PHL faces ‘substantial’ uncertainty over virus surge, lockdown — IMF

Luz Wendy T. Noble, Reporter

THE International Monetary Fund (IMF) sees the Philippine economy bouncing back slightly faster than previously expected this year, but noted it is “critical” to contain the surge in coronavirus disease 2019 (COVID-19).

In its World Economic Outlook titled “Managing Divergent Recoveries” published on Tuesday, IMF said it expects the country to grow by 6.9% this year, faster than the 6.6% estimate it gave in January. This outlook is well-within the 6.5% to 7.5% target set by the government.

The IMF also maintained its Philippine growth forecast for next year at 6.5%.

Real GDP growth of select Asian and Pacific Economies

The ASEAN-5 region is expected to grow slightly slower at 4.9%, from a previous estimate of 5.2%, this year. Among the five countries, the Philippines has the fastest growth projection, followed by Vietnam and Malaysia (both at 6.5%), Indonesia (4.3%), and Thailand (2.6%).

“This partly reflects the fact that the Philippine economy contracted more last year compared to its peers and hence the rebound this year is expected to be stronger, other things being equal,” IMF Representative to the Philippines Yongzheng Yang said in an e-mail.

The country’s gross domestic product (GDP) shrank by a record 9.5% in 2020.

While the IMF upgraded its growth forecast for the Philippines this year, Mr. Yang cautioned that tighter quarantine measures and the recent spike in COVID-19  infections are significant risks to this outlook.

“Needless to say, these growth forecasts are subject to substantial uncertainty. In particular, recent hikes in virus infections pose a significant downside risk, as tightening quarantine measures could dampen economic activity,” he said.

Mr. Yang added a slower-than-expected pace of vaccination, continued geopolitical and trade tensions, and potential volatility in the global financial market could also potentially contribute to a dimmer economic outlook in the country.

“At this juncture, it is critical to strengthen virus containment measures to bring infections under control and to maintain macroeconomic support to reduce scarring effects of the pandemic,” Mr. Yang said.

The Health department reported 9,373 new COVID-19 cases on and 382 deaths on Tuesday. Active cases stood at 152,562.

Metro Manila, Cavite, Laguna, Bulacan, and Rizal are under the strictest lockdown until April 11 to curb the virus spread. Analysts and health experts have warned tighter restriction measures alone will only lead to further losses in the economy if not paired with heightened testing, tracing, and treatment of COVID-19 infections.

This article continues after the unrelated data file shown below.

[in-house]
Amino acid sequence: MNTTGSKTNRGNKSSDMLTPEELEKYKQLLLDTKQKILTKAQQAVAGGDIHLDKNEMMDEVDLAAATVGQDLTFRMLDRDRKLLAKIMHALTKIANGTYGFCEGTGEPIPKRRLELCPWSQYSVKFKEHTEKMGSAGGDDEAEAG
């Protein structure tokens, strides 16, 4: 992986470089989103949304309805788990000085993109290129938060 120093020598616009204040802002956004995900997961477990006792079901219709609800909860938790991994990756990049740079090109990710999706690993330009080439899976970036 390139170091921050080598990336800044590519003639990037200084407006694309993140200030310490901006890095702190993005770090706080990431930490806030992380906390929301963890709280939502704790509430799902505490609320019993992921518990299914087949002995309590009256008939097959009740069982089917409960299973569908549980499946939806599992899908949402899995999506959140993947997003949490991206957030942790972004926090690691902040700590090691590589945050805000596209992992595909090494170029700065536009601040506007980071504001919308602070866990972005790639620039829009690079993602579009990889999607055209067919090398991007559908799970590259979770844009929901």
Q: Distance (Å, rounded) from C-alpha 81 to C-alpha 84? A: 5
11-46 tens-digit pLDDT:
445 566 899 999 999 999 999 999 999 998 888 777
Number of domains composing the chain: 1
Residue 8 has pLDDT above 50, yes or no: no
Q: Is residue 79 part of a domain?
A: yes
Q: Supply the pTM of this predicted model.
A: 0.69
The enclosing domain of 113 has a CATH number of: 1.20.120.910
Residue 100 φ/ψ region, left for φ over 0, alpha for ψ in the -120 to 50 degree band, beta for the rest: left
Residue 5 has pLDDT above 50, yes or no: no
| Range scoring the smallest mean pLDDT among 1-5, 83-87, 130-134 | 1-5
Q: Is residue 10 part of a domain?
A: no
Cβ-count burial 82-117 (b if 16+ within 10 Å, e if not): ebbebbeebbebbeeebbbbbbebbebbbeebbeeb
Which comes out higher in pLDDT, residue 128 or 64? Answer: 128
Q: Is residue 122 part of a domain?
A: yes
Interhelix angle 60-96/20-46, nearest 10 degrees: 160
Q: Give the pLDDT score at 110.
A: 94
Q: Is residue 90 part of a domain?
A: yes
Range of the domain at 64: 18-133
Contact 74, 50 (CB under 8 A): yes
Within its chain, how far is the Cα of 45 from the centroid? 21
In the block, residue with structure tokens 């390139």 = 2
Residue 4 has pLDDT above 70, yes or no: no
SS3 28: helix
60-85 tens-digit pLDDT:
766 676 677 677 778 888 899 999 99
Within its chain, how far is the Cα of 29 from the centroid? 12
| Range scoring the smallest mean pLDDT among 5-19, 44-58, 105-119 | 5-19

Mr. Yang said the IMF’s latest forecast for the Philippines considered the stronger-than-expected growth in the fourth quarter last year which could boost recovery prospects for the country.  Fourth-quarter GDP grew by 5.6% compared with the July to September period.

The IMF also anticipates heightened fiscal stimulus from the 2021 national budget, carry-over funds from the 2020 appropriations, as well as unused allocations from Republic Act No. 11494 or the Bayanihan to Recover as One Act.

With the pandemic’s end still unclear, Mr. Yang said vital assistance and reform measures will be beneficial for both households and businesses.

“Targeted support to vulnerable households should continue while strengthening social protection programs over time. Continued structural reforms to reduce restrictions on inbound foreign investment and efforts to ease the burden of doing business and resource reallocation would also help recovery,” he said.

Meanwhile, the IMF upwardly revised its growth forecast for the global economy to 6% from 5.5% in January, citing upside risks from additional fiscal support in some large economies and a “vaccine-powered” recovery by the second half of 2021. It likewise raised its outlook in 2022 to 4.4% from 4.2%

Despite the rosier outlook, the multilateral lender stressed how economies are seeing divergent paths of recovery and the potential for persistent economic damage from the crisis. These varying recovery tracks will likely lead to “significantly wider gaps in living standards” compared with the pre-pandemic situation.

“Emerging market economies and low-income developing countries have been hit harder and are expected to suffer more significant medium-term losses,” the report said.